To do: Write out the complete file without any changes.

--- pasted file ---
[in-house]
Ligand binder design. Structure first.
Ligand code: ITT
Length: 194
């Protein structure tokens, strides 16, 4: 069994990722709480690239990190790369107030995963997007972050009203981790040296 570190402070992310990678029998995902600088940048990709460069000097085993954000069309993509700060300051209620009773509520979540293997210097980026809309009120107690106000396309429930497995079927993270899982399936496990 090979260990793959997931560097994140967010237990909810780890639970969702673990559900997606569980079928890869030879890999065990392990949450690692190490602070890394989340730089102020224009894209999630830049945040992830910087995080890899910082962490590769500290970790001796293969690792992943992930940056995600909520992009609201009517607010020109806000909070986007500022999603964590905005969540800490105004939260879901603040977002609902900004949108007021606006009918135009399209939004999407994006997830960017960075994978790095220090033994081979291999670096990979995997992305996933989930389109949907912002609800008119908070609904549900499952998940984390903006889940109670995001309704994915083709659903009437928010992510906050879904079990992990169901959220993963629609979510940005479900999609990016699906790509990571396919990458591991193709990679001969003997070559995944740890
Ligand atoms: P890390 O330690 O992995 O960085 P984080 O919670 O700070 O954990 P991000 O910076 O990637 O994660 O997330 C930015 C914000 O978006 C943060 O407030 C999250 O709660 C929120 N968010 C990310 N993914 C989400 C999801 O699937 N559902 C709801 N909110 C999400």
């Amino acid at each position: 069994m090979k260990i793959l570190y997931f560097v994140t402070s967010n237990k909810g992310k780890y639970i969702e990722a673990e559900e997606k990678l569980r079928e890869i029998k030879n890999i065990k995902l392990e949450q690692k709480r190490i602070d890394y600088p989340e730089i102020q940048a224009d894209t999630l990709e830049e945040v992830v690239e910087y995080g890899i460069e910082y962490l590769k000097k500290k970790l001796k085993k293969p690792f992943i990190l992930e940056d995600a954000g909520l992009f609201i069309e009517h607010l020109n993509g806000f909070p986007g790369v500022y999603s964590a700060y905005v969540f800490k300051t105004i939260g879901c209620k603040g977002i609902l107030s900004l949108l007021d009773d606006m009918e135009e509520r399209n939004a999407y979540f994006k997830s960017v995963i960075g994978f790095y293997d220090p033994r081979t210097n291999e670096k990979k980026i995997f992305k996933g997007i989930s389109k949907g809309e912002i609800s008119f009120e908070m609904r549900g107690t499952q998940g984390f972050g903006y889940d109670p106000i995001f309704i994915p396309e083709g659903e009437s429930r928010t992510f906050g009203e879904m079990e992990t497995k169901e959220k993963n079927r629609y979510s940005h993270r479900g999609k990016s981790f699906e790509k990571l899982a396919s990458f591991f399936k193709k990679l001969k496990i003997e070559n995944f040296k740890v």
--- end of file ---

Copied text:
[in-house]
Ligand binder design. Structure first.
Ligand code: ITT
Length: 194
């Protein structure tokens, strides 16, 4: 069994990722709480690239990190790369107030995963997007972050009203981790040296 570190402070992310990678029998995902600088940048990709460069000097085993954000069309993509700060300051209620009773509520979540293997210097980026809309009120107690106000396309429930497995079927993270899982399936496990 090979260990793959997931560097994140967010237990909810780890639970969702673990559900997606569980079928890869030879890999065990392990949450690692190490602070890394989340730089102020224009894209999630830049945040992830910087995080890899910082962490590769500290970790001796293969690792992943992930940056995600909520992009609201009517607010020109806000909070986007500022999603964590905005969540800490105004939260879901603040977002609902900004949108007021606006009918135009399209939004999407994006997830960017960075994978790095220090033994081979291999670096990979995997992305996933989930389109949907912002609800008119908070609904549900499952998940984390903006889940109670995001309704994915083709659903009437928010992510906050879904079990992990169901959220993963629609979510940005479900999609990016699906790509990571396919990458591991193709990679001969003997070559995944740890
Ligand atoms: P890390 O330690 O992995 O960085 P984080 O919670 O700070 O954990 P991000 O910076 O990637 O994660 O997330 C930015 C914000 O978006 C943060 O407030 C999250 O709660 C929120 N968010 C990310 N993914 C989400 C999801 O699937 N559902 C709801 N909110 C999400």
């Amino acid at each position: 069994m090979k260990i793959l570190y997931f560097v994140t402070s967010n237990k909810g992310k780890y639970i969702e990722a673990e559900e997606k990678l569980r079928e890869i029998k030879n890999i065990k995902l392990e949450q690692k709480r190490i602070d890394y600088p989340e730089i102020q940048a224009d894209t999630l990709e830049e945040v992830v690239e910087y995080g890899i460069e910082y962490l590769k000097k500290k970790l001796k085993k293969p690792f992943i990190l992930e940056d995600a954000g909520l992009f609201i069309e009517h607010l020109n993509g806000f909070p986007g790369v500022y999603s964590a700060y905005v969540f800490k300051t105004i939260g879901c209620k603040g977002i609902l107030s900004l949108l007021d009773d606006m009918e135009e509520r399209n939004a999407y979540f994006k997830s960017v995963i960075g994978f790095y293997d220090p033994r081979t210097n291999e670096k990979k980026i995997f992305k996933g997007i989930s389109k949907g809309e912002i609800s008119f009120e908070m609904r549900g107690t499952q998940g984390f972050g903006y889940d109670p106000i995001f309704i994915p396309e083709g659903e009437s429930r928010t992510f906050g009203e879904m079990e992990t497995k169901e959220k993963n079927r629609y979510s940005h993270r479900g999609k990016s981790f699906e790509k990571l899982a396919s990458f591991f399936k193709k990679l001969k496990i003997e070559n995944f040296k740890v």